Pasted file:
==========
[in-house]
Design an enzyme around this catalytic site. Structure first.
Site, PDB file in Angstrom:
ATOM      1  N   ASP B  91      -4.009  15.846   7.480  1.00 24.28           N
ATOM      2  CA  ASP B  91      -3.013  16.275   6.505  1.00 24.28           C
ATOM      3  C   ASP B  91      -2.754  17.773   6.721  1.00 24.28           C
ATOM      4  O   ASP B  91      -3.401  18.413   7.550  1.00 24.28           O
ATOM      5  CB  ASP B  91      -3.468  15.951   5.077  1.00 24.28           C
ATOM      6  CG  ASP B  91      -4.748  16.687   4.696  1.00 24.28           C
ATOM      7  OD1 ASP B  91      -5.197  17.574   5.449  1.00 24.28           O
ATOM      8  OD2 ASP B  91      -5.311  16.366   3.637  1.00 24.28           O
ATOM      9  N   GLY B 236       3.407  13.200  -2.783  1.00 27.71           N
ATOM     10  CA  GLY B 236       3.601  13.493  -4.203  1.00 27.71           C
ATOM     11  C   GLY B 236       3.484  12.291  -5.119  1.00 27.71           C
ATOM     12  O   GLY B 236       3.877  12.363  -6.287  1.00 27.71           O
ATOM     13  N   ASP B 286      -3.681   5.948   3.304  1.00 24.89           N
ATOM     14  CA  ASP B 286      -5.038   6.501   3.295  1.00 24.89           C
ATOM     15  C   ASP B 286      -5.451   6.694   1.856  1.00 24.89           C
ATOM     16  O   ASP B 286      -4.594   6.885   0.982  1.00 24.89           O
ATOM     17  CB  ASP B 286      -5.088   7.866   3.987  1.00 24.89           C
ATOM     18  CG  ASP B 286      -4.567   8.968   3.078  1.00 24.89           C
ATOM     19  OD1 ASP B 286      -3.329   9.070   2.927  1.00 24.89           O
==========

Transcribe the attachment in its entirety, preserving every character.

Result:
[in-house]
Design an enzyme around this catalytic site. Structure first.
Site, PDB file in Angstrom:
ATOM      1  N   ASP B  91      -4.009  15.846   7.480  1.00 24.28           N
ATOM      2  CA  ASP B  91      -3.013  16.275   6.505  1.00 24.28           C
ATOM      3  C   ASP B  91      -2.754  17.773   6.721  1.00 24.28           C
ATOM      4  O   ASP B  91      -3.401  18.413   7.550  1.00 24.28           O
ATOM      5  CB  ASP B  91      -3.468  15.951   5.077  1.00 24.28           C
ATOM      6  CG  ASP B  91      -4.748  16.687   4.696  1.00 24.28           C
ATOM      7  OD1 ASP B  91      -5.197  17.574   5.449  1.00 24.28           O
ATOM      8  OD2 ASP B  91      -5.311  16.366   3.637  1.00 24.28           O
ATOM      9  N   GLY B 236       3.407  13.200  -2.783  1.00 27.71           N
ATOM     10  CA  GLY B 236       3.601  13.493  -4.203  1.00 27.71           C
ATOM     11  C   GLY B 236       3.484  12.291  -5.119  1.00 27.71           C
ATOM     12  O   GLY B 236       3.877  12.363  -6.287  1.00 27.71           O
ATOM     13  N   ASP B 286      -3.681   5.948   3.304  1.00 24.89           N
ATOM     14  CA  ASP B 286      -5.038   6.501   3.295  1.00 24.89           C
ATOM     15  C   ASP B 286      -5.451   6.694   1.856  1.00 24.89           C
ATOM     16  O   ASP B 286      -4.594   6.885   0.982  1.00 24.89           O
ATOM     17  CB  ASP B 286      -5.088   7.866   3.987  1.00 24.89           C
ATOM     18  CG  ASP B 286      -4.567   8.968   3.078  1.00 24.89           C
ATOM     19  OD1 ASP B 286      -3.329   9.070   2.927  1.00 24.89           O